Governor and Lieutenant Governor

No women ran for Governor of Indiana this year, but current Lieutenant Governor Suzanne Crouch will run for re-election with Governor Eric Holcomb in November. No woman has ever served as governor of Indiana.


Iowa

U.S. Senate

Incumbent Senator Joni Ernst (R) is the first and only woman senator from Iowa. She is up for re-election this year and was unopposed for the Republican nomination. Theresa Greenfield (D) won the Democratic nomination to challenge Ernst in November. Cook Political Report currently rates this contest as “Lean Republican.” If Greenfield defeats Ernst in the fall, she would be the first Democratic woman in the U.S. Senate from Iowa.   

U.S. House

Women are 2 (2D) of 4 members of the Iowa delegation to the U.S. House (50%). Both incumbent Representatives Cindy Axne (D) and Abby Finkenauer (D) were elected in 2018; they are the first women to serve in the U.S. House from Iowa.

Women are 5 (3D, 2R) of 8 (62.5%) major-party nominees for U.S. House in Iowa, including 3 of 4 (75%) Democrats and 2 of 4 (50%) Republicans. All women House candidates in Iowa were successful in their primary bids for the U.S. House.

  • Both (2D) of Iowa’s incumbent women representatives are running for re-election in competitive general election contests. Both won their seats for the first time in 2018 by flipping their districts from Republican to Democrat.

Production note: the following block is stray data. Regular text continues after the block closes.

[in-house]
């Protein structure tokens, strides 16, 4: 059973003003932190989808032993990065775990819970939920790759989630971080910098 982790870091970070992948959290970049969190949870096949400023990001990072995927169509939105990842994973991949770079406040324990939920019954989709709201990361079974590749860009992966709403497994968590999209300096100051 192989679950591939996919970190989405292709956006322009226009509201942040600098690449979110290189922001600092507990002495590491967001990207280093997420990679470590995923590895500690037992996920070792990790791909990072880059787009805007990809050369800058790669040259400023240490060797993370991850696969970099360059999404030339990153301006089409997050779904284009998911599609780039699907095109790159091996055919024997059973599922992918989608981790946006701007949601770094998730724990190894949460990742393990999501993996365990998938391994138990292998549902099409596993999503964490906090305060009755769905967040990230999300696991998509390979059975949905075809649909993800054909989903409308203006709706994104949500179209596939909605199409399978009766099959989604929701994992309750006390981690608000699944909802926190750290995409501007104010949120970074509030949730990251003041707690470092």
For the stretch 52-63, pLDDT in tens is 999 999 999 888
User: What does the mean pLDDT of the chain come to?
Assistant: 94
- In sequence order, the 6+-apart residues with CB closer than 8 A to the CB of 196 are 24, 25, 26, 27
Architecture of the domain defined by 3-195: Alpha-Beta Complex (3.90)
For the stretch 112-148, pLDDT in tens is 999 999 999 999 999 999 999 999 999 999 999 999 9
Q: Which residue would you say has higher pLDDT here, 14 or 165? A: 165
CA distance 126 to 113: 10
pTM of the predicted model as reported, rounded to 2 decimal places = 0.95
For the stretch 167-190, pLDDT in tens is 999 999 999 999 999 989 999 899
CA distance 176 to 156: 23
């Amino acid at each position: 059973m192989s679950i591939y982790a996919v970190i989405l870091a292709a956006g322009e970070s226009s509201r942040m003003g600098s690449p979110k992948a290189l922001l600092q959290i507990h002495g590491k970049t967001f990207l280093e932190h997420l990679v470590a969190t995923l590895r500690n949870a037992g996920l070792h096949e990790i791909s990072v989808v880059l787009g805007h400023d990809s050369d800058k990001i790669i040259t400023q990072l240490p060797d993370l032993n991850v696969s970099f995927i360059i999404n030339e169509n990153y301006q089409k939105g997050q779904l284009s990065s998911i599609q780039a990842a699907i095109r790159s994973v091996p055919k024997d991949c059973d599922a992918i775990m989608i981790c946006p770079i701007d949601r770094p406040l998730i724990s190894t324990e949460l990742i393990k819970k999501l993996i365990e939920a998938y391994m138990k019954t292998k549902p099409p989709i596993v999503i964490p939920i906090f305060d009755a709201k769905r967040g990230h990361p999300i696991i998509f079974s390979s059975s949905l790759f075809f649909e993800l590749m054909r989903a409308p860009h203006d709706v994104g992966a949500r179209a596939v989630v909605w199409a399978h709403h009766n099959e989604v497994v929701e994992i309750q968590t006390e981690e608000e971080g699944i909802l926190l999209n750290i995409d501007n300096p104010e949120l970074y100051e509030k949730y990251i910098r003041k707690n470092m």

• In Iowa’s 1st congressional district, Ashley Hinson (R) will challenge incumbent Representative Abby Finkenauer (D) in a contest deemed a toss-up by Cook Political Report.
    • In Iowa’s 3rd congressional district, incumbent Representative Cindy Axne (D) will seek to hold her seat in another contest deemed a toss-up by Cook Political Report.
  • In Iowa’s 2nd congressional district, Rita Hart (D) and Marianette Miller-Meeks (R) will compete in an all-woman contest that Cook Political Report currently rates as a toss-up. Regardless of which woman wins, Iowa will send a new woman member to the U.S. House in 2021.

All 5 (3D, 2R) women major-party nominees for the U.S. House from Iowa are White women. Iowa has never sent a woman of color to the U.S. Congress.


Maryland

U.S. House

There are no women currently serving in Maryland’s 8-member delegation to the U.S. House.

As of Wednesday morning, a woman is 1 of 11 (9.1%) major-party nominees for U.S. House in Maryland, including 0 of 7 (0%) Democrats and 1 of 4 (25%) Republicans already selected. 6 (3D, 3R) women remain in 3 primary contests that remain too close to call. Another 13 (10D, 3R) women House candidates were unsuccessful in their primary bids for the U.S. House.